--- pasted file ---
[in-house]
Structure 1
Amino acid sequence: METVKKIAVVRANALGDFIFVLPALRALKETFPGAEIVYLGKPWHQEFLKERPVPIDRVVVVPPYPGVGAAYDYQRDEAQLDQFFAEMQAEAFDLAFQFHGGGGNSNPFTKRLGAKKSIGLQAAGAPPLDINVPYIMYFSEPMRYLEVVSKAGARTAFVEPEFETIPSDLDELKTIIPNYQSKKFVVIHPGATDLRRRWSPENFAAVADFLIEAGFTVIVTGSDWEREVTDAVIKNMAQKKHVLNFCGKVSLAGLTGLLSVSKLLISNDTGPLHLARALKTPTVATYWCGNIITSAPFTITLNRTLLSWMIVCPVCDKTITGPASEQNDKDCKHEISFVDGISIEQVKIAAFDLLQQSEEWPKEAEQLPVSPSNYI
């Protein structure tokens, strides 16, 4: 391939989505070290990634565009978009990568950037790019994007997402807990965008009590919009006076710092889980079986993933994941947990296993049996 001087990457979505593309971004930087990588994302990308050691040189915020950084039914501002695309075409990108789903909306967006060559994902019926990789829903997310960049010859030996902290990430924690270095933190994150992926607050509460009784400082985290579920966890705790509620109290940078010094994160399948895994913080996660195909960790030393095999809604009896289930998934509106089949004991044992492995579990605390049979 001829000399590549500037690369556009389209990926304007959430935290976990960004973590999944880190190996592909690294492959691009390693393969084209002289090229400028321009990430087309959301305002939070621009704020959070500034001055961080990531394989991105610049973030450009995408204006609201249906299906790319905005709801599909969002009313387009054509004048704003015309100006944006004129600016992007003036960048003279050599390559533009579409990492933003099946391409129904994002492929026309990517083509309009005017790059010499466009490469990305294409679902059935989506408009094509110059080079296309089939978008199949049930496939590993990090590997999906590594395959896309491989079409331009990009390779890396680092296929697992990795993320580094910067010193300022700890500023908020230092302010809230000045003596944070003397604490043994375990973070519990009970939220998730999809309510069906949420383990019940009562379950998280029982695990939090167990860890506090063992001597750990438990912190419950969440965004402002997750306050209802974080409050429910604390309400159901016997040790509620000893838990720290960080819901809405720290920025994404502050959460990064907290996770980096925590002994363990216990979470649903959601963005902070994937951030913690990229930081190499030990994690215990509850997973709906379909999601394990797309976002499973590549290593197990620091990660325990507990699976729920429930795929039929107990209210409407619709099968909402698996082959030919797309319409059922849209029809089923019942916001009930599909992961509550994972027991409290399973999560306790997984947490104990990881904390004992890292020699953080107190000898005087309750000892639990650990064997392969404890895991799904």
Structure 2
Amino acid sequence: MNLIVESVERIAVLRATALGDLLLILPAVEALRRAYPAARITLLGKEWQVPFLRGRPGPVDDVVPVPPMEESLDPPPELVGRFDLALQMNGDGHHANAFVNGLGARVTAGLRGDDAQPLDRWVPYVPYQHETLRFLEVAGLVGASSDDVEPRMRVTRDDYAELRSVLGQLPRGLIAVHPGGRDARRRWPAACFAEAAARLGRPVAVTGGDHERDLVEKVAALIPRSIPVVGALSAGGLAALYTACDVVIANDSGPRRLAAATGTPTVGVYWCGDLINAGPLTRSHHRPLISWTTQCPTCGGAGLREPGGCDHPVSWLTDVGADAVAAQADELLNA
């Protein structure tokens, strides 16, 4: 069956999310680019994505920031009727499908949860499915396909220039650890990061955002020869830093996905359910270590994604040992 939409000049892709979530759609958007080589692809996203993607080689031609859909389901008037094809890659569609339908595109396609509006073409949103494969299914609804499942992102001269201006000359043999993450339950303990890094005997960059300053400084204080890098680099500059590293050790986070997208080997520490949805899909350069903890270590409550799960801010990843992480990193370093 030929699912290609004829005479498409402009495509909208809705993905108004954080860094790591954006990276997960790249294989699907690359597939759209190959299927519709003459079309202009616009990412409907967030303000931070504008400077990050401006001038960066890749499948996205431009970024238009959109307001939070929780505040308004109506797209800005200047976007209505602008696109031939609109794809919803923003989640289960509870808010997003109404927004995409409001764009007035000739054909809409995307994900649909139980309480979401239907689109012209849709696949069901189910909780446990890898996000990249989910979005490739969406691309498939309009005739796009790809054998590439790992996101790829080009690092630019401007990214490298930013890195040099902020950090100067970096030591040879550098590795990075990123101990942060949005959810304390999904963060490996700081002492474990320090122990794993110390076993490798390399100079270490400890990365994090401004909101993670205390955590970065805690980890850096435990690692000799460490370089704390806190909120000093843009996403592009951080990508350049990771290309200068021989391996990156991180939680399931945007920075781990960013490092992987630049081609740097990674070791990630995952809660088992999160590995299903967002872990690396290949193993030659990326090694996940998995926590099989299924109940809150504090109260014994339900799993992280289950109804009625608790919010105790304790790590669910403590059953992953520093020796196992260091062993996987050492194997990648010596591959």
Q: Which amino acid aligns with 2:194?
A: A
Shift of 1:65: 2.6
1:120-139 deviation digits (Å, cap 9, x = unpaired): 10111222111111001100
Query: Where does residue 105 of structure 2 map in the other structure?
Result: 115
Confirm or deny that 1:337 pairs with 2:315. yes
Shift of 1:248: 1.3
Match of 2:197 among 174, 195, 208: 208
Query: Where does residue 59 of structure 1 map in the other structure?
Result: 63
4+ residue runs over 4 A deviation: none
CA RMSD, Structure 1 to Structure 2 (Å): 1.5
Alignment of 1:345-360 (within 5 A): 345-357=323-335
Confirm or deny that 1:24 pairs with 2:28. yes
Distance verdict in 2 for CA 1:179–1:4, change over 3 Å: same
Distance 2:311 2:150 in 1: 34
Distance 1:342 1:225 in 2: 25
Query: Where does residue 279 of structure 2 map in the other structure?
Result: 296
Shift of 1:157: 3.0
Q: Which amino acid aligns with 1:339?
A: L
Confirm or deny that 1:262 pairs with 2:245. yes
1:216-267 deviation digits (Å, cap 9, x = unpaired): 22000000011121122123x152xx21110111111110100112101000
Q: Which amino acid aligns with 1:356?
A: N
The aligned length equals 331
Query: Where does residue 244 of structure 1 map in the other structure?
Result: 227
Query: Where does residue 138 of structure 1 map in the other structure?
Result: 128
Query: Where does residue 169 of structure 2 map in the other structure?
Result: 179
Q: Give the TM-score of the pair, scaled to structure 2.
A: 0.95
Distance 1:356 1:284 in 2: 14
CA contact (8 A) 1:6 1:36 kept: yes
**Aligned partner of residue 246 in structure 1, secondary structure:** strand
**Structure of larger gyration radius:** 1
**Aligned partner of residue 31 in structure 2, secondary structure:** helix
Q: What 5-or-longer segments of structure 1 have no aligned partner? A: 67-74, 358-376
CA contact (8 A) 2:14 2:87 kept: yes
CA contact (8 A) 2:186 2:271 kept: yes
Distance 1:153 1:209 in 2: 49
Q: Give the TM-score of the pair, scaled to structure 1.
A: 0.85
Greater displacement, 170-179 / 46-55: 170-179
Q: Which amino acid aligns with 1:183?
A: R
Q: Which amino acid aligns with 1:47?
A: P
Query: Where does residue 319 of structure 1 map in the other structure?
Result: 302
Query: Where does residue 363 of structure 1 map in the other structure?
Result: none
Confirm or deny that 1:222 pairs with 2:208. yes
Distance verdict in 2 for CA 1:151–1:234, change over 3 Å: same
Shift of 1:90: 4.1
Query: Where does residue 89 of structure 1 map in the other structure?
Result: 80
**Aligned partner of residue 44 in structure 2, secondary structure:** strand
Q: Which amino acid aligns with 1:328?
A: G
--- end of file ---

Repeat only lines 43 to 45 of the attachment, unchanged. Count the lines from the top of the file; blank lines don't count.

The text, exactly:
A: 0.95
Distance 1:356 1:284 in 2: 14
CA contact (8 A) 1:6 1:36 kept: yes